The equations tell us that phase processing and amplitude processing are equally significant. Complete information on derivatives with respect to the position gives complete information on time derivatives - and vice versa. The structure equations are so simple that they can be solved in explicit mathematical terms. In its complex form the structure equation is the linear inhomogeneous equation. The general solution of an inhomogeneous linear differential equation can be presented as the linear combination of a particular solution any chosen solution of the equation and the general solution of the associated homogeneous differential equation.

A particular solution log Y p of the above complex equation is the function. Its distinguished feature is the time independence.

It follows that the general solution log Y is of the form. As a side remark, observe that the complex structure equation is obtained from the basic equation. With the variable change.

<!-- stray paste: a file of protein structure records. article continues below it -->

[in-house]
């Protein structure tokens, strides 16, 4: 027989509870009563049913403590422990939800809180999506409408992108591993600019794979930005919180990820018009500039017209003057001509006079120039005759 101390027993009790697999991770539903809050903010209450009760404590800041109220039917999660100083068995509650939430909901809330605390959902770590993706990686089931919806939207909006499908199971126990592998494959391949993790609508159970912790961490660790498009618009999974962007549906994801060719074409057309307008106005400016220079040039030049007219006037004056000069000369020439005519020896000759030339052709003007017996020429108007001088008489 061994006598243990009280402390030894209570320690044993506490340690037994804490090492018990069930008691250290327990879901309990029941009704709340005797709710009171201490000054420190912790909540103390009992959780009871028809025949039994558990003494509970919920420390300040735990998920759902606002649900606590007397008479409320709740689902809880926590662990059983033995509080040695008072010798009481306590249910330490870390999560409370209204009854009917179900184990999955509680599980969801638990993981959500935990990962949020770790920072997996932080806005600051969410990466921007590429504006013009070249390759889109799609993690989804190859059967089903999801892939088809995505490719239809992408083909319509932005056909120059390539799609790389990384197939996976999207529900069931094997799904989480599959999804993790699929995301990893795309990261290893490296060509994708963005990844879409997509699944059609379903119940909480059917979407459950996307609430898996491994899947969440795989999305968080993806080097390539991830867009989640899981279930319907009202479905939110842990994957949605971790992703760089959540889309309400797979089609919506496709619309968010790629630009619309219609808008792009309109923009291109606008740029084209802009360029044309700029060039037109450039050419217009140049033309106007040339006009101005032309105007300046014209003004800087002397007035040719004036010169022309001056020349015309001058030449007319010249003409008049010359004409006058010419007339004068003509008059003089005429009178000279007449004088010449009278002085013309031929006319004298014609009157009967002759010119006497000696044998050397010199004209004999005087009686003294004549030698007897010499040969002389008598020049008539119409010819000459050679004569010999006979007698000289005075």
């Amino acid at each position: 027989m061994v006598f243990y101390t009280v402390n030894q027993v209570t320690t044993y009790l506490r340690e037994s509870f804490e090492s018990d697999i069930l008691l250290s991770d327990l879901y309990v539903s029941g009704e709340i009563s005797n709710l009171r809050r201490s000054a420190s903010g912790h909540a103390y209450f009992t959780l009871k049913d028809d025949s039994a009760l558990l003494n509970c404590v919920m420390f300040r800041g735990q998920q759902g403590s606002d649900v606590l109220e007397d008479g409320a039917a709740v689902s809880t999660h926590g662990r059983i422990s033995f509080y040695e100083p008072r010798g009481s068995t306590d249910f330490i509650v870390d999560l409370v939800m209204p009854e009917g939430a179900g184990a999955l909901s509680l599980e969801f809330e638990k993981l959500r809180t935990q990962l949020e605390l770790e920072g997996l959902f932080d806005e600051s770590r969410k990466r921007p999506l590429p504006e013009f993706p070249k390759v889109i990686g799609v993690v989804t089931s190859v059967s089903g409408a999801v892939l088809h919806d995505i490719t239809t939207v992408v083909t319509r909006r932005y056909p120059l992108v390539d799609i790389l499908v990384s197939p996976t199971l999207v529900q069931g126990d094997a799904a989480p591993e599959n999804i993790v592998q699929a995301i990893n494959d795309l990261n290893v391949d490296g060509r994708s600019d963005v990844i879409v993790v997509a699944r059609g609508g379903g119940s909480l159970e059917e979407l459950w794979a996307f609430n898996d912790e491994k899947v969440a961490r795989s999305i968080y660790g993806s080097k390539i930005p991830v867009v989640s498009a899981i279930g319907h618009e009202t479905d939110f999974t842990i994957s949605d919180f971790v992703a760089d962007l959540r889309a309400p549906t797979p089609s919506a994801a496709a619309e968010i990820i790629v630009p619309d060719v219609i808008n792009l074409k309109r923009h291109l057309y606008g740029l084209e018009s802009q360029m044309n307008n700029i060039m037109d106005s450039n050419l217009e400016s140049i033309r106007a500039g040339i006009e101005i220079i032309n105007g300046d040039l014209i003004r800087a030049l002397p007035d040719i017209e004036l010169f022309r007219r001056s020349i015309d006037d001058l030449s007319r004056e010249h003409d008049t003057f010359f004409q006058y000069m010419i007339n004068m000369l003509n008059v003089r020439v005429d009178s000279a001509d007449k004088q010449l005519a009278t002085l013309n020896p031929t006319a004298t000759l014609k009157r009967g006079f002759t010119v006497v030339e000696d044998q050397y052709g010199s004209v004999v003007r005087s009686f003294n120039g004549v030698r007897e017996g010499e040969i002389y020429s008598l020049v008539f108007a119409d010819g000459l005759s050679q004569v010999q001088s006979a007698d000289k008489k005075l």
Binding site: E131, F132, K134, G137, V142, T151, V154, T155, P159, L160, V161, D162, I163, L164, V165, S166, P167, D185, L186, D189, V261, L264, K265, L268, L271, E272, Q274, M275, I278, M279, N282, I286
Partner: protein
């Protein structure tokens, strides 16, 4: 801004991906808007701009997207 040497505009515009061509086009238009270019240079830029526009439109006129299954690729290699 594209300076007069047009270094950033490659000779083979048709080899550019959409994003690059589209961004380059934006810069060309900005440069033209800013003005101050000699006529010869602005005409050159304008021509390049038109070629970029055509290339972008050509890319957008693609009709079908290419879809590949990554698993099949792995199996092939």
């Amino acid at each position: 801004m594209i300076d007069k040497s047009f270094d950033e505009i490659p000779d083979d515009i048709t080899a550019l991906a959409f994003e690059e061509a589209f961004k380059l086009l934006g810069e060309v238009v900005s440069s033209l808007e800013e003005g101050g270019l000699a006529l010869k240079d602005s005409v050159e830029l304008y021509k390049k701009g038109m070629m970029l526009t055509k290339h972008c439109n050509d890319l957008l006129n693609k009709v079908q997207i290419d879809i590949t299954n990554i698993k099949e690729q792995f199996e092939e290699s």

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The function G z is uniquely defined up to a constant. The situation can now be summarized as follows: An incoming signal f t gives rise to a family of analytic wavelet transforms. The functions Zf approximately satisfy the complex structure equation. The solutions. They can in fact be determined directly from the Fourier transform of the incoming signal f t. Since the system is linear, the superposition principle holds:. In the following section these are identified as the functions.

This is in fact the correct linear approximation.

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The approximate value for log Z f therefore is an over estimation. Together with. The outcome depends on the ratio between the amplitudes of the coefficients. But it should be warned that the approximation is valid only in the frequency interval specified above. Both the amplitude and the phase derivatives show this oscillation.

No doubt, the distinguished feature of a violin sound is the extraordinary big number of harmonics in the frequency spectrum. It is not uncommon to observe around twenty harmonics at an intensity level at which the sounds can still be detected. Except possibly for the first few, the harmonics show a gradual decrease in amplitude with some oscillation.